Tomatoes, Bases and Wall Street in Miami
By Susana Pimiento
Over twelve inches of rain poured on Miami over the Columbus Day weekend - not unusual for this time of year. Yet the rain didn’t stop the farm workers rallying for better wages, the antiwar activists raising awareness of militarization and waste taking place in their doorsteps nor workers, immigrants, students who articulated their discontent and joined with the Occupy Wall Street movement.
On Saturday, October 8, the Coalition of Immokalee Workers, a community-based organization of mainly Latino, Mayan Indian and Haitian immigrants, with young children in tow, had a rally at a busy intersection in northern Miami, in front of one of Publix supermarkets, one of the latest targets of their campaign. They were asking Publix to combat modern-day exploitation by paying one additional penny per pound of tomato - yes, just one cent per pound- and to adopt a code of conduct in the supermarket’s supply chain to ensure that farm workers are treated with dignity. With the support of many allies, including a wide range of interfaith groups, the Coalition has succeeded in bringing to the table and reaching agreements with some of the country’s largest corporations in the food industry, such as McDonald’s, Taco Bell, Burger King. Whole Foods, and Subway - a clear reminder that “nothing is impossible.”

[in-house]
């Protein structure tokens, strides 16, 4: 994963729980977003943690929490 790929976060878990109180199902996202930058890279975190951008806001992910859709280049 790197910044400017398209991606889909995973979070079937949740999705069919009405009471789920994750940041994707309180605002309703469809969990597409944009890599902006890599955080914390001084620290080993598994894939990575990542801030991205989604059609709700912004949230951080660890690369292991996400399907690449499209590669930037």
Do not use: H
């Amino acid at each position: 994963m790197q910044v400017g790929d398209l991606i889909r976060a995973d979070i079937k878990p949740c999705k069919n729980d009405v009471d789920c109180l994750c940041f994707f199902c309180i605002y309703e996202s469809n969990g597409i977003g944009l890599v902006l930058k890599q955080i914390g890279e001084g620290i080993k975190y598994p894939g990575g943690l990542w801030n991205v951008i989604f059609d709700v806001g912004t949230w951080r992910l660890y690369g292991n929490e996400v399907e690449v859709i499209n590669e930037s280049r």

On Sunday, the pouring rain stopped just long enough to allow about a hundred people to march down to the Southern Command complex, in Doral, just west of Miami, to protest the impact of U.S. militarization in Latin America, which is planned and organized from precisely that military base. It was a colorful demonstration, with puppets and banners, and attended by a SOA Watch photovery diverse crowd of people, including students, local activists, and some of the Immokalee workers who the previous day had rallied with their young children. Many of the marchers had attended a seminar on the Southern Command and Militarization held in Saint Thomas University the previous evening.
Protesting against the Southern Command might seem quixotic to many. However, in the year of the Arab Spring it seemed natural to several of those who participated, to drive to the opposite side of Miami after the march was over and take part in the organizing of Occupy Miami. As they were preparing for the October 15 Wall Street Global Day of Action, participants at this organizing meeting connected the dots between the persisting economic inequality and injustice on one side, and the waste of resources in the futile ongoing wars and greed of corporate war profiteers, on the other.